September 15, 2015
Total director compensation, 2007–2014: $7,507,084
Average annual director compensation: $1,072,441
Average compensation per full year of service as director: $262,311
Steven S. Reinemund first made a name for himself as Chairman and CEO of PepsiCo, positions he held between 2001 and 2007. During this time he received commendations from the NAACP and the National Council for Research on Women for his efforts to increase the company’s diversity.
Outside of PepsiCo, Mr. Reinemund has held a number of directorships. From 2003 to 2008 he was a member of the board of directors for the pharmaceutical company Johnson & Johnson. In 2007, after leaving his position of PepsiCo Chairman, he joined the boards of Exxon Mobil, American Express, and Marriott International. In 2010, Mr. Reinemund joined the board for Walmart. Mr. Reinemund resigned from the board for American Express in May of this year, but maintains his membership on the boards of Walmart, Exxon Mobil, and Marriott.
As a member of the board for two of the biggest companies in the world (Walmart and Exxon Mobil) Mr. Reinemund is one of the highest paid directors in the country. In his role as a director, he pays CEOs 91% more than all other directors. SEC filings report that between 2007 and 2014 the average annual CEO pay for the companies Mr. Reinemund was a director for was $21.2 million. However, this figure includes Marriott International which paid its CEO’ significantly less than other companies. If we exclude Marriott, then the annual average CEO pay for the other four companies was $25.9 million.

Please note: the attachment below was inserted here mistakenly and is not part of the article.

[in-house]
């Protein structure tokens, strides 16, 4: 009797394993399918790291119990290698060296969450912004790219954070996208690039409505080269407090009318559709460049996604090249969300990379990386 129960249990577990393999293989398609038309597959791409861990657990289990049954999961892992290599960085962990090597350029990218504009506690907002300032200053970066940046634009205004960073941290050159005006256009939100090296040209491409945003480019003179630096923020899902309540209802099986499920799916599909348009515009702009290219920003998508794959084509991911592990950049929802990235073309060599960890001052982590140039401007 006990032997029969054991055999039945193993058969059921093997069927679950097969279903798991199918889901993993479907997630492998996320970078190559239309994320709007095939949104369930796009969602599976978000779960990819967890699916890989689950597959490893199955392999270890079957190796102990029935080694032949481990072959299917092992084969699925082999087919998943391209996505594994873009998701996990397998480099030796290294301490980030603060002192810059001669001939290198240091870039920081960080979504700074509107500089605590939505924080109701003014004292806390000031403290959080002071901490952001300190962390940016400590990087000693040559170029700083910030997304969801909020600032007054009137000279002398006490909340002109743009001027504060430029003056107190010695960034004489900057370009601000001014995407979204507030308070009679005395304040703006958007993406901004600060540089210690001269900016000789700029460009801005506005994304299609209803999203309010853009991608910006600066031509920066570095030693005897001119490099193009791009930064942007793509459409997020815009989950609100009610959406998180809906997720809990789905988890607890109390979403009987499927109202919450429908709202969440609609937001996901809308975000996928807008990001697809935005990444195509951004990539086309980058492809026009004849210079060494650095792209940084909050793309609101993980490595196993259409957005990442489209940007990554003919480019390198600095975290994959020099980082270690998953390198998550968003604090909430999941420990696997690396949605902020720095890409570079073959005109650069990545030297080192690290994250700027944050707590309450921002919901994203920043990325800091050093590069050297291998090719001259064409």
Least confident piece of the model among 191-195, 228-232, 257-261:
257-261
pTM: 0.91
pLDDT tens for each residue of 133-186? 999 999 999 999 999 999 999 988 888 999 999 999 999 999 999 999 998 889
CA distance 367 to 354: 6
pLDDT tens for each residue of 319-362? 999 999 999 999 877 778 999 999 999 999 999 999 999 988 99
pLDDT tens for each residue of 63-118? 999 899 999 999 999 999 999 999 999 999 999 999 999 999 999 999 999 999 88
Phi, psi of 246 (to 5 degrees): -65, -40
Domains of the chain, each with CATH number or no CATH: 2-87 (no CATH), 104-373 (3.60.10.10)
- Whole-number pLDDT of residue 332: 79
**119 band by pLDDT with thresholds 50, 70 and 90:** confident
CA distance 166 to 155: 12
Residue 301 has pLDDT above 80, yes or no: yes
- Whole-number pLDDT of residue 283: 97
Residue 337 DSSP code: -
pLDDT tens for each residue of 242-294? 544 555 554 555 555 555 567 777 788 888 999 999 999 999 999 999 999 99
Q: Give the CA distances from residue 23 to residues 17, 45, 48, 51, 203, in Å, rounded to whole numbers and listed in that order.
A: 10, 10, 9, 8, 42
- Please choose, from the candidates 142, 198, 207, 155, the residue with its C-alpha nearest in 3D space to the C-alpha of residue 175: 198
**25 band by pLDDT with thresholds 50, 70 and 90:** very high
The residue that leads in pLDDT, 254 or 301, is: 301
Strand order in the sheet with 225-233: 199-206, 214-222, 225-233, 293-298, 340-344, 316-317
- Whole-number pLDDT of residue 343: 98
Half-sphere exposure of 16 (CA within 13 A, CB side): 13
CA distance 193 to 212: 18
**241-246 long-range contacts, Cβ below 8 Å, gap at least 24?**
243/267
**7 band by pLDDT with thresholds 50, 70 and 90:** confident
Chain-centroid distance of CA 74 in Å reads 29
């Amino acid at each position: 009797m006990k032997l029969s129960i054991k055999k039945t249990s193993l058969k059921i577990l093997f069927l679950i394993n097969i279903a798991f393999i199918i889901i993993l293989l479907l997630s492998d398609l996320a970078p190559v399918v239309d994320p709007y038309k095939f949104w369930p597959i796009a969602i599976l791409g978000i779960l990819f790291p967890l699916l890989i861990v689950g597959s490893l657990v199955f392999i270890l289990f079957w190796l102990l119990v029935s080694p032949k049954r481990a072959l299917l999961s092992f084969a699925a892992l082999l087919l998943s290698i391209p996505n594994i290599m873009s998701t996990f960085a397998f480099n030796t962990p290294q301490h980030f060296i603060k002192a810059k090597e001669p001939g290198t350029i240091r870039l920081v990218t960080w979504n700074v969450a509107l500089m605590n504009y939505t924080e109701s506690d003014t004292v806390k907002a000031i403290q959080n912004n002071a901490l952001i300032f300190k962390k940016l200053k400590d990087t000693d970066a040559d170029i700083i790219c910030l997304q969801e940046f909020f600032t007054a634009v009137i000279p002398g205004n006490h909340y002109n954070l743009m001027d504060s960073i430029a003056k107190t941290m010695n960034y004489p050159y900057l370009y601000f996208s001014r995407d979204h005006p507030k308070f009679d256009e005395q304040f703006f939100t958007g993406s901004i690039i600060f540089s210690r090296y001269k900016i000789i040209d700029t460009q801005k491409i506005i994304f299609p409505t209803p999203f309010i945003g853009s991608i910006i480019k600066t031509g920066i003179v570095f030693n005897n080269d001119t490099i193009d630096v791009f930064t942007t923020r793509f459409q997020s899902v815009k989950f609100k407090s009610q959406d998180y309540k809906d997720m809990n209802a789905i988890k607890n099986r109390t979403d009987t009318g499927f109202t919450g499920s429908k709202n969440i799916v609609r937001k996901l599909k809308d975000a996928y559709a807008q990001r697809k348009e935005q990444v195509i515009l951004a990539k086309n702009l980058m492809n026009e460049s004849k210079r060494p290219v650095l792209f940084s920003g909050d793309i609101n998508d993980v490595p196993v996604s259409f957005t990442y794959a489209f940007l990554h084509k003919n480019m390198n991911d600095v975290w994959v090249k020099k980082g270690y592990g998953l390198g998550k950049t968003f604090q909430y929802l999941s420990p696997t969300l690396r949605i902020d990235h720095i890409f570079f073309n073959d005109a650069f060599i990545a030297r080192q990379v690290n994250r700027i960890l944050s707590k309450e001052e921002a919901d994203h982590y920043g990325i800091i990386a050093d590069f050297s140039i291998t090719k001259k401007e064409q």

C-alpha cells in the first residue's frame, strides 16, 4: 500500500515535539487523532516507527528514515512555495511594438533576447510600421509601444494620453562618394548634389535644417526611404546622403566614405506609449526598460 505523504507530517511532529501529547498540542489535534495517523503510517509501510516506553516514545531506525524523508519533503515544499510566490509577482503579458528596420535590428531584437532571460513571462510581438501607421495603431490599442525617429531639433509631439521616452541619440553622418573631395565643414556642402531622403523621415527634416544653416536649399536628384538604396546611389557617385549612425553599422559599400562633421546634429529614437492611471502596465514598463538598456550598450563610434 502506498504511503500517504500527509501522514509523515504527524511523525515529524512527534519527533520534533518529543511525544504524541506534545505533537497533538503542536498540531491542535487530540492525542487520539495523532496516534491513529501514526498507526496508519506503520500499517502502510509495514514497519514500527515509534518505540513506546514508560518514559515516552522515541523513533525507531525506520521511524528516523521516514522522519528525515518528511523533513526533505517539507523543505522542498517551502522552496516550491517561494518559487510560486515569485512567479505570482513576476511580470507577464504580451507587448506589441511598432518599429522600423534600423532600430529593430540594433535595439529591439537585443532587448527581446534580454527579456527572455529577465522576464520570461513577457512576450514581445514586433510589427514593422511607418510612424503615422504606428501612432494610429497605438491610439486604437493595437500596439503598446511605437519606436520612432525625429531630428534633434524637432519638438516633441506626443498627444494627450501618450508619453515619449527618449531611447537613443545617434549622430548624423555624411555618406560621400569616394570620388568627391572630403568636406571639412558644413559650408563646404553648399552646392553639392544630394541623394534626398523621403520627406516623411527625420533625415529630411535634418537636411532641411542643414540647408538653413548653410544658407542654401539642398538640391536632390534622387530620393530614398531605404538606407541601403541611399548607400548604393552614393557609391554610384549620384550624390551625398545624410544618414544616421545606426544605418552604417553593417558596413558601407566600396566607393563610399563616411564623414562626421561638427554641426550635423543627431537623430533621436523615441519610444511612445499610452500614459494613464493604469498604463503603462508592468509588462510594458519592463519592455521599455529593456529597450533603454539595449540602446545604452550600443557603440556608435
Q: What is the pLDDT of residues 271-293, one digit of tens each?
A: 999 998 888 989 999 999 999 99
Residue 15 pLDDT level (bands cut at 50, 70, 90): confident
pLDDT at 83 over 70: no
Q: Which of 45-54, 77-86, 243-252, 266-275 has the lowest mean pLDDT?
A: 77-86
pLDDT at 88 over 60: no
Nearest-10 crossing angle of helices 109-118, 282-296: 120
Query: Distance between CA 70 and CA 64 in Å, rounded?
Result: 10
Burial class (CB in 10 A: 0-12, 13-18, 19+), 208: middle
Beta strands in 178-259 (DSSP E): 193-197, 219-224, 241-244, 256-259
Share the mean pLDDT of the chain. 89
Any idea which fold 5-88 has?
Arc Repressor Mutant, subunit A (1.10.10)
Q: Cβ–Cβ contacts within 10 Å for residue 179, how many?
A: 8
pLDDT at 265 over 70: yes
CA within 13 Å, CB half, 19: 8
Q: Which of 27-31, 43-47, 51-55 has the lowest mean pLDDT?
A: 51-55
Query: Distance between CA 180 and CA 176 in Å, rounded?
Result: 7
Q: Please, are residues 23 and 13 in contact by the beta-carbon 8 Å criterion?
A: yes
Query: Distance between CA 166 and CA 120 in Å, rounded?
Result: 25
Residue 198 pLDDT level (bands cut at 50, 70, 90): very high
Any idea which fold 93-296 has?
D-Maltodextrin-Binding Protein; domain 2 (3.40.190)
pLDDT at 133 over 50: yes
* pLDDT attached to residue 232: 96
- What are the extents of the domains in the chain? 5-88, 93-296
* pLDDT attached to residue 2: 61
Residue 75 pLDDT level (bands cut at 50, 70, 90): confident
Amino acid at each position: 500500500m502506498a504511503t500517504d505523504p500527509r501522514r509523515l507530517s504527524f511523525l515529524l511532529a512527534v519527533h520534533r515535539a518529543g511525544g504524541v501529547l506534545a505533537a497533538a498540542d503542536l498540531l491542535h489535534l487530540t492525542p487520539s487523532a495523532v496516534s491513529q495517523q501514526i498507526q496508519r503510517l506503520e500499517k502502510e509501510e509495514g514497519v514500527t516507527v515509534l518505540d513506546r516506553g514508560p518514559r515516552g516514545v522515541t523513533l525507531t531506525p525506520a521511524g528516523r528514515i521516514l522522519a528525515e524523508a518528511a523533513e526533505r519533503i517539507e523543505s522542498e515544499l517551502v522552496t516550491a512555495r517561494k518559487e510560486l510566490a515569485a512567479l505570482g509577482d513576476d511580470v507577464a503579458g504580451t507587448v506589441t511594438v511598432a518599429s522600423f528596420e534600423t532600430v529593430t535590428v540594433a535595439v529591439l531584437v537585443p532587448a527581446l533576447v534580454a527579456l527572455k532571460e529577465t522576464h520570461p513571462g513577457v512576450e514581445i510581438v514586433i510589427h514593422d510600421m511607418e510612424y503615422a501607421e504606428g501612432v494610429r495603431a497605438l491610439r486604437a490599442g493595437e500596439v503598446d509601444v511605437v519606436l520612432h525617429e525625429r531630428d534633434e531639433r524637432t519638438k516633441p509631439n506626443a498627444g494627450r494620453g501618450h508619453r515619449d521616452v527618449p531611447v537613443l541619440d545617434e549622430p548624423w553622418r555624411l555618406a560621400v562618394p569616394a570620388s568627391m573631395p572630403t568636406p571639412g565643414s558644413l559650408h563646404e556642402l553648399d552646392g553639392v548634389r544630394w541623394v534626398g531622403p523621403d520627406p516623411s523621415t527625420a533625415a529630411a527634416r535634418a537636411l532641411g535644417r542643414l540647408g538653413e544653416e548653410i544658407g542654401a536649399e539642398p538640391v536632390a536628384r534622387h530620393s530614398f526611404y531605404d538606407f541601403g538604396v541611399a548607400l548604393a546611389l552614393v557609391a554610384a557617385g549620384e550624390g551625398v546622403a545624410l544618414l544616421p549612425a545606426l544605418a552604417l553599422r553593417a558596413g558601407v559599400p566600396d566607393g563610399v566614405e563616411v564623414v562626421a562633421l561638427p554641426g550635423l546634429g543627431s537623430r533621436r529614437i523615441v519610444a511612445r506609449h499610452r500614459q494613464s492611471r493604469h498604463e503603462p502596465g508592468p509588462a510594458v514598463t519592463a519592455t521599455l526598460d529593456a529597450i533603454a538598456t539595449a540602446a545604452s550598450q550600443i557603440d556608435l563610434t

Data on monthly closing stock prices between 2007 and 2014 shows that the companies Mr. Reinemund was a director for saw an average increase in stock prices of 40 percent. During this period the S&P 500 grew by 43 percent. The average growth in stock prices for Mr. Reinemund’s companies is dragged down by the fact that prices fell by 10% in the last two years of Mr. Reinemund’s directorship at Johnson & Johnson. Stock price growth at Exxon Mobil was also sluggish during this period, growing by only 25 percent. Walmart’s stock prices grew by 61 percent, and after recovering from the recession, the stock prices for American Express and Marriott International grew by 60 and 62 percent respectively.